Abstract

This project presents a statistical analysis of the efficiency (in terms of raw speed) of eleven sorting algorithms: bubble sort, heap sort, insertion sort, merge sort, quick sort, "enhanced" quick sort, "fast" quick sort, radix sort, selection sort, shaker sort, and Shell sort. (A brief description of the working of each algorithm is contained within the program.)

Each algorithm is used to sort 300 arrays of random integers. The first 100 arrays are of increasing length, from 100 to 10,000 elements, and the remaining 200 arrays each contain 5,000 elements. Every sort is timed to the nearest millisecond, and each algorithm's set of sort times is saved in a file. The data from the first 100 arrays is used to plot a line graph of sort time vs. array size for each algorithm, and the data from the other 200 arrays is used to plot a histogram of sort times for each algorithm. The mean, median, and standard deviation of this data is calculated and displayed with the histogram. The user also has the option to display a composite line graph of each algorithm's first 100 sort times, for a direct visual comparison of the speed of the algorithms.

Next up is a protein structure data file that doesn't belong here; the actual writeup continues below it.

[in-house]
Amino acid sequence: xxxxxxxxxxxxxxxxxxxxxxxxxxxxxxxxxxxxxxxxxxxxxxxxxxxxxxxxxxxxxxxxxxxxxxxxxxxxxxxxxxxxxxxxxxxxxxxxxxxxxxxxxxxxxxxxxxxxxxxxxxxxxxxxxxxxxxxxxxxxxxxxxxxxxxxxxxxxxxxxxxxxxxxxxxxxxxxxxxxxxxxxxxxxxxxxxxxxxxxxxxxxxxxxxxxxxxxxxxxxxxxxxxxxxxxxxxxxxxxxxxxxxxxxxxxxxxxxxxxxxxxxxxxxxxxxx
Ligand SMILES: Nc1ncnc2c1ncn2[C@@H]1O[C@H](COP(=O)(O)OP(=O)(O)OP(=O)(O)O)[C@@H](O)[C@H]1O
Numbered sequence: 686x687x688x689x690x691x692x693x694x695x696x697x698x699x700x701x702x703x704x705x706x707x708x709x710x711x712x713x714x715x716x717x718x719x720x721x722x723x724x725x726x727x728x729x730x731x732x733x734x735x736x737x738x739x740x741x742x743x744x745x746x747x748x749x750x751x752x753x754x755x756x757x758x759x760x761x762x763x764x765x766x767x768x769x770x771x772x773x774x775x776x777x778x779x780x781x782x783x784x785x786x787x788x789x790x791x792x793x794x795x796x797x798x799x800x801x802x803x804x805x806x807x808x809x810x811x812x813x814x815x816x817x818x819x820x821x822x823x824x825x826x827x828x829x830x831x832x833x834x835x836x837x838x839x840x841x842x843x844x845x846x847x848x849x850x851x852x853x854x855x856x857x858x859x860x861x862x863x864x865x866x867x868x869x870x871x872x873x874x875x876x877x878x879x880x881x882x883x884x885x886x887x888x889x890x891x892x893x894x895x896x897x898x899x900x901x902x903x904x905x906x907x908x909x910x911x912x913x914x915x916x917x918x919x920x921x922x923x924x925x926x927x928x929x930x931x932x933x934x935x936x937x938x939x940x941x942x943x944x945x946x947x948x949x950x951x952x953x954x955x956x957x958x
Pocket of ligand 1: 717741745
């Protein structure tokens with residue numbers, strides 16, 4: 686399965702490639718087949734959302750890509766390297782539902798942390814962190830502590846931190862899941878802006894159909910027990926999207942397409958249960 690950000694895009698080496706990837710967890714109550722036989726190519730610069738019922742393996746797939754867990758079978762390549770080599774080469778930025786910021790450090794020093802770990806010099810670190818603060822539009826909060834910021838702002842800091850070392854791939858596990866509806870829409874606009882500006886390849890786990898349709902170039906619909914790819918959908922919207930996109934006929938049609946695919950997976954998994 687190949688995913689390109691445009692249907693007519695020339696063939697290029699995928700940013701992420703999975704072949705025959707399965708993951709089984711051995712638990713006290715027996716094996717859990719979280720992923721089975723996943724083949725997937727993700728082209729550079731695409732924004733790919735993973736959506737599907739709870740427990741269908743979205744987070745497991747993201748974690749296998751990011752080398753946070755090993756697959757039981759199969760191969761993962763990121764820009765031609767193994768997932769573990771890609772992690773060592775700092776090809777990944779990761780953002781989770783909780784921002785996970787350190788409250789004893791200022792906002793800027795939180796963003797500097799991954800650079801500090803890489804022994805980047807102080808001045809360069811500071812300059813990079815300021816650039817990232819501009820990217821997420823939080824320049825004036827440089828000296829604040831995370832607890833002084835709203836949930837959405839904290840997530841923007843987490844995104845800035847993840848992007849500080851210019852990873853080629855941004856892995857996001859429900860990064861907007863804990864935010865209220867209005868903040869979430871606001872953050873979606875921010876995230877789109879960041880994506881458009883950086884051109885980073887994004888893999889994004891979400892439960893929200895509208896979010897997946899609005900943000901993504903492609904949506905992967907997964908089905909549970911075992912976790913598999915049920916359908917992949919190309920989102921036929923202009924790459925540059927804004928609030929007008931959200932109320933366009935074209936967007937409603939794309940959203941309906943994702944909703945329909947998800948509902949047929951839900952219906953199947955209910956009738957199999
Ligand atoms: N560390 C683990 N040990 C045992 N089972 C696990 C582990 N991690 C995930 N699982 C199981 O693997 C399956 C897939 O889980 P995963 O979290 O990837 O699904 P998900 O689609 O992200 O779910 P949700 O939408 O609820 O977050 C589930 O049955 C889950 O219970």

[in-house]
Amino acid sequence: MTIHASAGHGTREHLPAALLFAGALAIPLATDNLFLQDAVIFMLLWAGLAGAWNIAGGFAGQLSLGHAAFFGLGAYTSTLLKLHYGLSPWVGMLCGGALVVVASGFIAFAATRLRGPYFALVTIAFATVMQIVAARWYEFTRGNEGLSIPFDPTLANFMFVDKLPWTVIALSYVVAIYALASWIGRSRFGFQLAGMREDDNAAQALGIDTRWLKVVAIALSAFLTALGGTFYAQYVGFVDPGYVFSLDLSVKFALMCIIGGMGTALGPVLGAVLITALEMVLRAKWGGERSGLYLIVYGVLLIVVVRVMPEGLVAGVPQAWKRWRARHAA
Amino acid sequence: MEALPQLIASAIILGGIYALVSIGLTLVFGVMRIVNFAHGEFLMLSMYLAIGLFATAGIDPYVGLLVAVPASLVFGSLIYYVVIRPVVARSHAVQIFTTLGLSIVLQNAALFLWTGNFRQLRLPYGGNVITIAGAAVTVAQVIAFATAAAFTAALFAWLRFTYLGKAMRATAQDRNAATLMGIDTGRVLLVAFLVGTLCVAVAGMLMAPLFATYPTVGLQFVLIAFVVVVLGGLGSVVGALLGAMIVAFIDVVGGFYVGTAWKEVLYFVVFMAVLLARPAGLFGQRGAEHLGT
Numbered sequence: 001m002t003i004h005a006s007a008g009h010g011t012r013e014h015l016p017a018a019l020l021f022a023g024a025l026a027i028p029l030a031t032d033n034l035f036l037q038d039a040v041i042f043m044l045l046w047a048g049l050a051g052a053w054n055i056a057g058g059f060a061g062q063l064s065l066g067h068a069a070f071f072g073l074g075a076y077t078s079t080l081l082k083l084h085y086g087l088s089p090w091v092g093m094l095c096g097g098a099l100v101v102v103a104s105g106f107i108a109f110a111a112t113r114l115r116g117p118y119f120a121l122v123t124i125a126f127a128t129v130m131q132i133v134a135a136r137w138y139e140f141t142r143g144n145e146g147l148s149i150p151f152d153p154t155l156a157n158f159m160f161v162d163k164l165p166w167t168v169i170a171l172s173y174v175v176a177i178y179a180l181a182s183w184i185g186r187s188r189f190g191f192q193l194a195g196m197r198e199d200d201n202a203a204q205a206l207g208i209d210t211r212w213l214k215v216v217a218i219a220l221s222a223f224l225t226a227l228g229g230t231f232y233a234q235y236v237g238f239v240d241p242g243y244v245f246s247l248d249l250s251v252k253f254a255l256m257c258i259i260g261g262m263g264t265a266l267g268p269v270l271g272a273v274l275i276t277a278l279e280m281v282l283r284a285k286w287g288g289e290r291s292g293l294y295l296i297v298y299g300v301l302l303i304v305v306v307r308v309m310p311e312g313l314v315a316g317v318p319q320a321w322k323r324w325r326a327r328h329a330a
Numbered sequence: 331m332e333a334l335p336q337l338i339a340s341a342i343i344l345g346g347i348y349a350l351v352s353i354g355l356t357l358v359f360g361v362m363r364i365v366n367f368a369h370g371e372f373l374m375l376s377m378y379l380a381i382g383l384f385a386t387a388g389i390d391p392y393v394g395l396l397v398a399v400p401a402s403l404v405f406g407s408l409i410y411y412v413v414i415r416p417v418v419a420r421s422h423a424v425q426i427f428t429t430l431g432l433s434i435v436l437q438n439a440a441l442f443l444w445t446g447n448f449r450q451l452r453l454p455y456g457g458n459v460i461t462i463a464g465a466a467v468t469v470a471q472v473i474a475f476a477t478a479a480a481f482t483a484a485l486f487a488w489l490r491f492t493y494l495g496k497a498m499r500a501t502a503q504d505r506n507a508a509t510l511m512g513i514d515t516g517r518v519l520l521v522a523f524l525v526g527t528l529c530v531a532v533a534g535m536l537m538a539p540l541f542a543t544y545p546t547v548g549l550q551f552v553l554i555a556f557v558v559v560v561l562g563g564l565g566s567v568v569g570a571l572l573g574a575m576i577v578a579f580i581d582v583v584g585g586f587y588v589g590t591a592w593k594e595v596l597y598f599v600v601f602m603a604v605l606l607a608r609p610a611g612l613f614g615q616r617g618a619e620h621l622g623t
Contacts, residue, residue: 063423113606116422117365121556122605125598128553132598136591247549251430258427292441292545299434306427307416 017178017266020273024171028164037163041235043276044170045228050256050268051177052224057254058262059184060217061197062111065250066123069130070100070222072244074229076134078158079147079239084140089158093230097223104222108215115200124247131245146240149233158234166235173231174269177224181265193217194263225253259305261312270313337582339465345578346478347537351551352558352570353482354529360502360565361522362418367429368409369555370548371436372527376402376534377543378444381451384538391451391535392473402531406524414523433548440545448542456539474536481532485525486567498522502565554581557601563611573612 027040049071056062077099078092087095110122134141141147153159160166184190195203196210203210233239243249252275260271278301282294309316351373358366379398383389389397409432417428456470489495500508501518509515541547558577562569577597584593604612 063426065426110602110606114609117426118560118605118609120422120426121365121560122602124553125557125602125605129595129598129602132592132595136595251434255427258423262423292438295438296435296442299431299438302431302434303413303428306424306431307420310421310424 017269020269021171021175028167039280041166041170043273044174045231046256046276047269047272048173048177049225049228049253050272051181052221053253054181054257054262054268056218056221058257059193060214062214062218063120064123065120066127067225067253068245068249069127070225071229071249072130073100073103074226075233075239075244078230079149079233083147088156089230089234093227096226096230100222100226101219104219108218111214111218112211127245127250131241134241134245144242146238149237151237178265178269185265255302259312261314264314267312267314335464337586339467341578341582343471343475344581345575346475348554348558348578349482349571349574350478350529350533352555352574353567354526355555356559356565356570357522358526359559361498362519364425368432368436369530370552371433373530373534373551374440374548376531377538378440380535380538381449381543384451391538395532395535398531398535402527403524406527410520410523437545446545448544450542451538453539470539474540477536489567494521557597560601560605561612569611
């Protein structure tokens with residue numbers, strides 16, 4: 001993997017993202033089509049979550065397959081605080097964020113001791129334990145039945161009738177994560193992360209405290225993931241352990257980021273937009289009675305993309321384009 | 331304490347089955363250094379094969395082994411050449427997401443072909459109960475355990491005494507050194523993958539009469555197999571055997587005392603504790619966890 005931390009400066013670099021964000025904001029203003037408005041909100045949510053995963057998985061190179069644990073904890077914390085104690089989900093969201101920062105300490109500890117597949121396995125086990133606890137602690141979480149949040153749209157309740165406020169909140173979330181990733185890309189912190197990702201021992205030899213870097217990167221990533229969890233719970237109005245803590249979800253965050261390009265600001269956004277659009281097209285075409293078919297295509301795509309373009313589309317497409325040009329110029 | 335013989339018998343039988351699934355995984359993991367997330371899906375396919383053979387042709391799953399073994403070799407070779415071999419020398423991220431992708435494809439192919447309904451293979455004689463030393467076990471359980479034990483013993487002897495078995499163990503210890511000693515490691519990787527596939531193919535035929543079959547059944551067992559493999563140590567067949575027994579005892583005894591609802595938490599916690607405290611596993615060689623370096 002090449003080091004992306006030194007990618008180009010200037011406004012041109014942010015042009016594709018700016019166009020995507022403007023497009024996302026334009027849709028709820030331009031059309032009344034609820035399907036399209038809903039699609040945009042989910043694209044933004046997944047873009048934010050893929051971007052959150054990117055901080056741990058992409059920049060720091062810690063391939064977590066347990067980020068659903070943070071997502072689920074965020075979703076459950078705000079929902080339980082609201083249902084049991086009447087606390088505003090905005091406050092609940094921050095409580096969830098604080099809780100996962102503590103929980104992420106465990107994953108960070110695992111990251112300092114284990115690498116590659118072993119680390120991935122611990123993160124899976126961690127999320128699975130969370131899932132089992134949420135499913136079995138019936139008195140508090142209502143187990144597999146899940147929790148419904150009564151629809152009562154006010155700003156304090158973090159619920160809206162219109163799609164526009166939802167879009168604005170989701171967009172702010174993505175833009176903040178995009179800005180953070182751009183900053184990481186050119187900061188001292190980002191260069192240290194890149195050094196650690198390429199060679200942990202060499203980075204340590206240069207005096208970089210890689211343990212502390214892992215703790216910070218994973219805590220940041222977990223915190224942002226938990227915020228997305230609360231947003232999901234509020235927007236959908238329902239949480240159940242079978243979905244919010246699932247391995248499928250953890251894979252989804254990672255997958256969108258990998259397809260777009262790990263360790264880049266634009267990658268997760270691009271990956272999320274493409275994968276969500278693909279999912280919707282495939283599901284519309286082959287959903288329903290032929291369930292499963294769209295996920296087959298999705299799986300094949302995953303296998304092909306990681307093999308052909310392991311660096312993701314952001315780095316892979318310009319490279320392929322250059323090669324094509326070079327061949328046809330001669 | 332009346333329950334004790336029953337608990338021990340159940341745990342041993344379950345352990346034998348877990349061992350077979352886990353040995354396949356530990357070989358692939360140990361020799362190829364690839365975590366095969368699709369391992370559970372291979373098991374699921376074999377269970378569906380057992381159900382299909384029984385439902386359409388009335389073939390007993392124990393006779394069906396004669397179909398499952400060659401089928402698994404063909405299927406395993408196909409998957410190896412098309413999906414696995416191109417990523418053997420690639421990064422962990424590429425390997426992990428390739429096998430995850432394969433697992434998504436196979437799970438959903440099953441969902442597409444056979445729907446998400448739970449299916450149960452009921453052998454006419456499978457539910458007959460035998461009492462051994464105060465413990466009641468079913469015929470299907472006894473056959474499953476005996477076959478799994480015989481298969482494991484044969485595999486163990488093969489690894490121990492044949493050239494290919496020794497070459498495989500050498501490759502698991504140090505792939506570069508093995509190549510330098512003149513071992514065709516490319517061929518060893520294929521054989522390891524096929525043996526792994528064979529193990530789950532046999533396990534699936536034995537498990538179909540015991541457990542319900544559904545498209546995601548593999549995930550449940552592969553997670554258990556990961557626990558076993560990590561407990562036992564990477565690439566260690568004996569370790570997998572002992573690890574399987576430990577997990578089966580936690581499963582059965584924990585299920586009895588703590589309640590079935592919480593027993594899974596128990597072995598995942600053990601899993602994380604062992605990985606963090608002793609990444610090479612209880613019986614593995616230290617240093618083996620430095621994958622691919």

A simple graphical user interface, consisting mainly of a hierarchy of push-button menus, is used to guide the user through the program and present the data in an easy-to-follow fashion. The graphs themselves (with the exception of the composite line graph) are labeled interactively, so as to clearly illustrate the meaning of each data point or column of data.

Advisor: Joe Daugherty